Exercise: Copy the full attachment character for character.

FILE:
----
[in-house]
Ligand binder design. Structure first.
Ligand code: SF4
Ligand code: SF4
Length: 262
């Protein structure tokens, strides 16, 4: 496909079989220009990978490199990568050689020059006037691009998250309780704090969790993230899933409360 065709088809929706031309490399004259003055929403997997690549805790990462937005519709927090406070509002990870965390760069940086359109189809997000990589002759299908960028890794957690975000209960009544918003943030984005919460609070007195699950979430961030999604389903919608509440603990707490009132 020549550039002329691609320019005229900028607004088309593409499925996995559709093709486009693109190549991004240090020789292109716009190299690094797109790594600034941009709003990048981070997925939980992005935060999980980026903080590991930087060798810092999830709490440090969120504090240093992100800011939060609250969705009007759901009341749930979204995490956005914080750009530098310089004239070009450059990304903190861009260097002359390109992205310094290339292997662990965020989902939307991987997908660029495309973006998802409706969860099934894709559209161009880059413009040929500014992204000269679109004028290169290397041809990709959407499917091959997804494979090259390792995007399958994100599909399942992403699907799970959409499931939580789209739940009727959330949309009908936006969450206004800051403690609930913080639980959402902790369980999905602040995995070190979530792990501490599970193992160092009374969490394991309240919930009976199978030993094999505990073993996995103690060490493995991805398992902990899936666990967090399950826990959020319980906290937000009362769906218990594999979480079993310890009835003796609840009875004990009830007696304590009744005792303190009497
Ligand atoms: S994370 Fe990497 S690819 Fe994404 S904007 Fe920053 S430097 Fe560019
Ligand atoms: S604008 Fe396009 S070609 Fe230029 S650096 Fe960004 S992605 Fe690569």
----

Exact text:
[in-house]
Ligand binder design. Structure first.
Ligand code: SF4
Ligand code: SF4
Length: 262
């Protein structure tokens, strides 16, 4: 496909079989220009990978490199990568050689020059006037691009998250309780704090969790993230899933409360 065709088809929706031309490399004259003055929403997997690549805790990462937005519709927090406070509002990870965390760069940086359109189809997000990589002759299908960028890794957690975000209960009544918003943030984005919460609070007195699950979430961030999604389903919608509440603990707490009132 020549550039002329691609320019005229900028607004088309593409499925996995559709093709486009693109190549991004240090020789292109716009190299690094797109790594600034941009709003990048981070997925939980992005935060999980980026903080590991930087060798810092999830709490440090969120504090240093992100800011939060609250969705009007759901009341749930979204995490956005914080750009530098310089004239070009450059990304903190861009260097002359390109992205310094290339292997662990965020989902939307991987997908660029495309973006998802409706969860099934894709559209161009880059413009040929500014992204000269679109004028290169290397041809990709959407499917091959997804494979090259390792995007399958994100599909399942992403699907799970959409499931939580789209739940009727959330949309009908936006969450206004800051403690609930913080639980959402902790369980999905602040995995070190979530792990501490599970193992160092009374969490394991309240919930009976199978030993094999505990073993996995103690060490493995991805398992902990899936666990967090399950826990959020319980906290937000009362769906218990594999979480079993310890009835003796609840009875004990009830007696304590009744005792303190009497
Ligand atoms: S994370 Fe990497 S690819 Fe994404 S904007 Fe920053 S430097 Fe560019
Ligand atoms: S604008 Fe396009 S070609 Fe230029 S650096 Fe960004 S992605 Fe690569």